Robert Shrimsley U.K.
- Editorial Director of the Financial Times
- Chief UK Political Commentator of the Financial Times
- Awarded the 2017 Swift Prize for Economic Satire
Robert Shrimsley is the Chief UK Political Commentator of the Financial Times and also its Editorial Director. Over a 30 year career working for the Daily Telegraph and the FT, Robert has been a close observer of Westminster and Whitehall, reporting on the Major and Blair governments before becoming the FT’s news editor. In that role he led the paper’s coverage of the financial crisis before moving to become managing editor of FT.com, overseeing the FT’s switch to becoming a web-first news organisation.
His time in charge of the website has also given him a front-row seat on the development of new media and the technological, regulatory and political challenges it poses.
For the last 15 years he has also written a weekly satirical column focused primarily on British politics and global affairs as well as a more personal column in the FT Magazine.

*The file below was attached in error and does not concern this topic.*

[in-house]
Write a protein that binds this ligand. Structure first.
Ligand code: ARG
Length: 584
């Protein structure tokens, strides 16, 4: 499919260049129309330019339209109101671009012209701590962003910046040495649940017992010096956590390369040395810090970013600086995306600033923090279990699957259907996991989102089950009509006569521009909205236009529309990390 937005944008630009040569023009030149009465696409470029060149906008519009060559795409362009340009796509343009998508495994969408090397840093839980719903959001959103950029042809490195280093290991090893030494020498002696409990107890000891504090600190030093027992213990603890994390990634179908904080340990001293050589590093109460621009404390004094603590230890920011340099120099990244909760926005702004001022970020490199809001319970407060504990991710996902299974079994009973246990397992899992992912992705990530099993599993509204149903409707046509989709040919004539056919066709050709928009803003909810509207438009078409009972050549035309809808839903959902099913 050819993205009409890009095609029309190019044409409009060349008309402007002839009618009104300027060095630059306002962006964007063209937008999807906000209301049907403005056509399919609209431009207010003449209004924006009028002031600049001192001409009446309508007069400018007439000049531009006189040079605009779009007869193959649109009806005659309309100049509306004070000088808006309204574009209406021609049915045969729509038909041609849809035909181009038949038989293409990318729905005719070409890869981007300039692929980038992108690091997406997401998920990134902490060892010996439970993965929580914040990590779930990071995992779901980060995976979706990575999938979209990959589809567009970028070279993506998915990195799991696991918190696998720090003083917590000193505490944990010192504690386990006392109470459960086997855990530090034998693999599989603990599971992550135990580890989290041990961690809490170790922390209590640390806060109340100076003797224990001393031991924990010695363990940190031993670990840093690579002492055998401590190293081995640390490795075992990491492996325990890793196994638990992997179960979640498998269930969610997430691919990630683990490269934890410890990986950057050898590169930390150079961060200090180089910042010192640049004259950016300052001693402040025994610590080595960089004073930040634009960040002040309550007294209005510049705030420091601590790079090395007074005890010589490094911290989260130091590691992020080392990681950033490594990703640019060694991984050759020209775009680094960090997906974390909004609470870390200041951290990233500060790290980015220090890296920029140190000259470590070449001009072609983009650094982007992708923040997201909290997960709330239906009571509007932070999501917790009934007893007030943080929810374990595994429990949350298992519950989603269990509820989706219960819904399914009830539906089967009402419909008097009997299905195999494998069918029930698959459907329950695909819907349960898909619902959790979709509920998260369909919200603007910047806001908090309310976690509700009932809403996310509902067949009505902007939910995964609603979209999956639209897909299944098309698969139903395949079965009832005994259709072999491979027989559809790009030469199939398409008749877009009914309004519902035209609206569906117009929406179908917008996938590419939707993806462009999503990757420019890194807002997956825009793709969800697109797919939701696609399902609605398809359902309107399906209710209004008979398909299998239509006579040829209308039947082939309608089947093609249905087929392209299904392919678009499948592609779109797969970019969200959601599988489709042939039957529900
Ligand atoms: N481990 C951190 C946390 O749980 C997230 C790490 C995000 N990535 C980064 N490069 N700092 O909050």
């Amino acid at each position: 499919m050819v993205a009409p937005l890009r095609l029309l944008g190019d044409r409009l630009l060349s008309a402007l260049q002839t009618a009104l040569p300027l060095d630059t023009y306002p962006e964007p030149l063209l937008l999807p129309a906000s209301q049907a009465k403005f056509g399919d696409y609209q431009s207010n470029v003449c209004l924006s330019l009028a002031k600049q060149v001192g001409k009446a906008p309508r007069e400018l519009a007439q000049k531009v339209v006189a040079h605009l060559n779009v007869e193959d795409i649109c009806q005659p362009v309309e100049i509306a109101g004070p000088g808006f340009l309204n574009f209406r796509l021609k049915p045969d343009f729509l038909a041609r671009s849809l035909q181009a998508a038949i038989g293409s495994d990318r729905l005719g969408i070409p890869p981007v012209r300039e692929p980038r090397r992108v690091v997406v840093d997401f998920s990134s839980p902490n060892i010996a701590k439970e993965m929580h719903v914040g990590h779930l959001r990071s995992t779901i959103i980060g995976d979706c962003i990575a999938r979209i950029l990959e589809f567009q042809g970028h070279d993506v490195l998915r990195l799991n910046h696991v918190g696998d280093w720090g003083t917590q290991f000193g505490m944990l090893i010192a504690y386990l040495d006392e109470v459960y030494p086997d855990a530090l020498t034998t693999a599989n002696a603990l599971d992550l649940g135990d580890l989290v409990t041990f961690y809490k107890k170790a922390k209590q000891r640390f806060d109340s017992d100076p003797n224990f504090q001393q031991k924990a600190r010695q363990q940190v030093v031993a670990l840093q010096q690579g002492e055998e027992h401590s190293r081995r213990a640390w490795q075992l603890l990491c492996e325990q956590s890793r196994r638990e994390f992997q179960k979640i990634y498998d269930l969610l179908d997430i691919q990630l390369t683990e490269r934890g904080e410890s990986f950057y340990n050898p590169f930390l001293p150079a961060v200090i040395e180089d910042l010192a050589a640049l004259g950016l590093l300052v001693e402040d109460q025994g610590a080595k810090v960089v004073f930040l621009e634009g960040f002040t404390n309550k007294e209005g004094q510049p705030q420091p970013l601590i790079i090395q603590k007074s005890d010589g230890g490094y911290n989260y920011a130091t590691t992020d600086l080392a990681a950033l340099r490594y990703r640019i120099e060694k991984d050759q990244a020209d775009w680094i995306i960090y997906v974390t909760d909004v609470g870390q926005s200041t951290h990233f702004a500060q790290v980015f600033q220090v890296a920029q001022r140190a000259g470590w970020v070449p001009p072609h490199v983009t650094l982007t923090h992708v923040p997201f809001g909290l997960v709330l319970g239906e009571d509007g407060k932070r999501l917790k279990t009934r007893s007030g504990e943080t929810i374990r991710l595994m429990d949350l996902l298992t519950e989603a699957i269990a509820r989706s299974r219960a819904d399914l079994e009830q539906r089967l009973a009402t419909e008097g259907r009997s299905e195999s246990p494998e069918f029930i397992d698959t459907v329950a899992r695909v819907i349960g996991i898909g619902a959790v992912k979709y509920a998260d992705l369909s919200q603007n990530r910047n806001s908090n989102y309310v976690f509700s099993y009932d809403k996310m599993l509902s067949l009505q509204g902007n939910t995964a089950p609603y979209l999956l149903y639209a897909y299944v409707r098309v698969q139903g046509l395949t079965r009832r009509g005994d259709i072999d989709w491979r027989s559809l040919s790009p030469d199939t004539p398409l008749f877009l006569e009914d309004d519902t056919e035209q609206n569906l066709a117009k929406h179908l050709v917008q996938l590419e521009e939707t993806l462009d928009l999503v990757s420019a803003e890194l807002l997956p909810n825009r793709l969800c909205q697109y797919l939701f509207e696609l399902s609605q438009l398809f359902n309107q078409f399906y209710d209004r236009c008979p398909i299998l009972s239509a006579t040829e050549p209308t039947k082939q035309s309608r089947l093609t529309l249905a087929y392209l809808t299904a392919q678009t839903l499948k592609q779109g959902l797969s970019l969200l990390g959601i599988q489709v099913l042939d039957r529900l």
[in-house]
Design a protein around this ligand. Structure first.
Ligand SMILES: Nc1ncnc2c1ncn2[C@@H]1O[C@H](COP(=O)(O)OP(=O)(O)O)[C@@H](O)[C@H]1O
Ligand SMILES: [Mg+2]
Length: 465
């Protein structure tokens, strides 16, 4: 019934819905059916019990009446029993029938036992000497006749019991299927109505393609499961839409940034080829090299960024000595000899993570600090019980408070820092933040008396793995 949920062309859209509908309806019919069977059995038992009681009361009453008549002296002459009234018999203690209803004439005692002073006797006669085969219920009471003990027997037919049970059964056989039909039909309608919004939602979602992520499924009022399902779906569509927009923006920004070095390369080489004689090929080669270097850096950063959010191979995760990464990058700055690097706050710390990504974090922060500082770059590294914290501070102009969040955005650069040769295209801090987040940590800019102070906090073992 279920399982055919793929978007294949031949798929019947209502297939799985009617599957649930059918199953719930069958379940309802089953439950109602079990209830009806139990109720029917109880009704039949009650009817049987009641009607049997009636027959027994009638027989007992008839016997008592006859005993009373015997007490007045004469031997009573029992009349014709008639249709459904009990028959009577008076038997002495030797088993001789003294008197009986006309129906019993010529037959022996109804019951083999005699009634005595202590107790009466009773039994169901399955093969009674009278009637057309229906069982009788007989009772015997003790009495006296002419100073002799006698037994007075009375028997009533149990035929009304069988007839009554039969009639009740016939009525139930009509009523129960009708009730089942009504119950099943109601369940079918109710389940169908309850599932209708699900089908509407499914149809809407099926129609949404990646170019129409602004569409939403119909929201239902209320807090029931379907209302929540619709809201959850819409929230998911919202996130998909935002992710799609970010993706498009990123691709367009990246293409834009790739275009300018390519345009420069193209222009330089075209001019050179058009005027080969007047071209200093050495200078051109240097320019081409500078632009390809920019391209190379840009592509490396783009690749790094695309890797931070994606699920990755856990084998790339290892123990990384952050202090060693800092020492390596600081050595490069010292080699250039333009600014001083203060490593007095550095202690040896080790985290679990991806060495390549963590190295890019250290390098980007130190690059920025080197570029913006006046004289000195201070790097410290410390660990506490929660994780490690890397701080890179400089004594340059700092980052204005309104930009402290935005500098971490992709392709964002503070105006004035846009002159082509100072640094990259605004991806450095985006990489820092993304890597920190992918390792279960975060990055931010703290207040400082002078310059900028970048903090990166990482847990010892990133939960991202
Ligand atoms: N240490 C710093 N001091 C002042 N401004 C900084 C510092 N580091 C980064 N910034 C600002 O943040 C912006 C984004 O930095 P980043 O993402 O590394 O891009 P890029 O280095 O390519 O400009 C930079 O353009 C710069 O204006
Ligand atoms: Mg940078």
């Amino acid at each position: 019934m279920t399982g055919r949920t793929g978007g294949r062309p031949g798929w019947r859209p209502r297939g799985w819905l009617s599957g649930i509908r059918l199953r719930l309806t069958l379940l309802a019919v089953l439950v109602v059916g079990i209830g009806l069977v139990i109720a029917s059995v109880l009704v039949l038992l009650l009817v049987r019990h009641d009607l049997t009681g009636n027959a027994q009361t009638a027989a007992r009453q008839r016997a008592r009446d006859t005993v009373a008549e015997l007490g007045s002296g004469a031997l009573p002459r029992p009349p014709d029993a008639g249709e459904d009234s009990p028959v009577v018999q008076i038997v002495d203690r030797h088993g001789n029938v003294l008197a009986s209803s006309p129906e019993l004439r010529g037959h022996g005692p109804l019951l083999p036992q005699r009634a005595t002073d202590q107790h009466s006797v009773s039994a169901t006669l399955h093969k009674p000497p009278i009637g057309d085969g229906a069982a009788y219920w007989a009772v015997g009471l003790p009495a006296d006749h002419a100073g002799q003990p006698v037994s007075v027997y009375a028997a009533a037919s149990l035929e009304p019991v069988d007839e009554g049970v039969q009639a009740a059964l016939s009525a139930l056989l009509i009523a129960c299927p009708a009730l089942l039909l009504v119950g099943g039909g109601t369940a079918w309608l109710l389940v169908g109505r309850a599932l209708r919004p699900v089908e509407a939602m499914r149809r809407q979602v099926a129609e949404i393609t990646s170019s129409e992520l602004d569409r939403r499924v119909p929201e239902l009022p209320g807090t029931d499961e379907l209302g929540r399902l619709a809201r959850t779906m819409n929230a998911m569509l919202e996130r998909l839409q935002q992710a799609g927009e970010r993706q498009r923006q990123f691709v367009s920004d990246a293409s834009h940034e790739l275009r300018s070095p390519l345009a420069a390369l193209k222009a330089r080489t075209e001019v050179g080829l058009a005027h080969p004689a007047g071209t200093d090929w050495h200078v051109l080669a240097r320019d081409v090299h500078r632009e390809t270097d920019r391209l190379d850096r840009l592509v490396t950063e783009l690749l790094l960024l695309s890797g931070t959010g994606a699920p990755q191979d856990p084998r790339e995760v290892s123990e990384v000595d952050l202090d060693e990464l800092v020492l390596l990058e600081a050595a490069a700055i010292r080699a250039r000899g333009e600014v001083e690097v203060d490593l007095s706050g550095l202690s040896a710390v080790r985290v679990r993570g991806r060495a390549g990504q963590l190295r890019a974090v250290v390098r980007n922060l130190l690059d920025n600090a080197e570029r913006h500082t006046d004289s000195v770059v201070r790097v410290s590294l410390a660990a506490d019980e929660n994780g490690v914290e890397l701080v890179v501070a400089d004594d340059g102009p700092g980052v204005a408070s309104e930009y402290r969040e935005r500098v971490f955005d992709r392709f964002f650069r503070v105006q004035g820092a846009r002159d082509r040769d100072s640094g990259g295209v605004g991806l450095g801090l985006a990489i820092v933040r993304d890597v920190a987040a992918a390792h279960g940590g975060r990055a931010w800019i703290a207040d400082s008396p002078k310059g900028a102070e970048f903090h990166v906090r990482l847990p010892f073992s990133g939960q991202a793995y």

In 2017 he won the Swift Prize for Economic Satire – a field which his wife notes, may not be overcrowded.
After the Brexit referendum he returned to Westminster to become the FT’s main UK political writer where his acerbic commentary takes aim at the ascendancy of ideological rather than pragmatic politics. He has written extensively on Brexit, the Conservative party and Jeremy Corbyn’s Labour revolution. His work manages to combine humour and anecdotes with serious political analysis.
A graduate of the London School of Economics and an accomplished public speaker, Robert has spoken at Kilkenomics and the Dalkey Book Festival as well as at the FT Weekend Festival where he led the panel on “Britain’s Nervous Breakdown”. Robert has done numerous breakfast briefings on the political climate and has appeared on stage at the Barbican speaking about the connections between His Fridge and Theresa May.
Robert undertakes keynote addresses, moderation and appearing on panels.
Speaker topics include:
- When the cult of strong leadership is over-rated in politics.
- Geo-politics: Britain is a case study in the defeat of globalisation
- Britain’s nervous breakdown.
- How Brexit is permanently reshaping politics.
- How Brexit is forcing Britain to confront its true status in the world.
- How Britain is stepping out of the low tax, low regulation lane.
Regardless of how the election plays out both sides are heading towards a higher tax, higher public spending approach which is less business friendly and more sceptical of the needs of global commerce.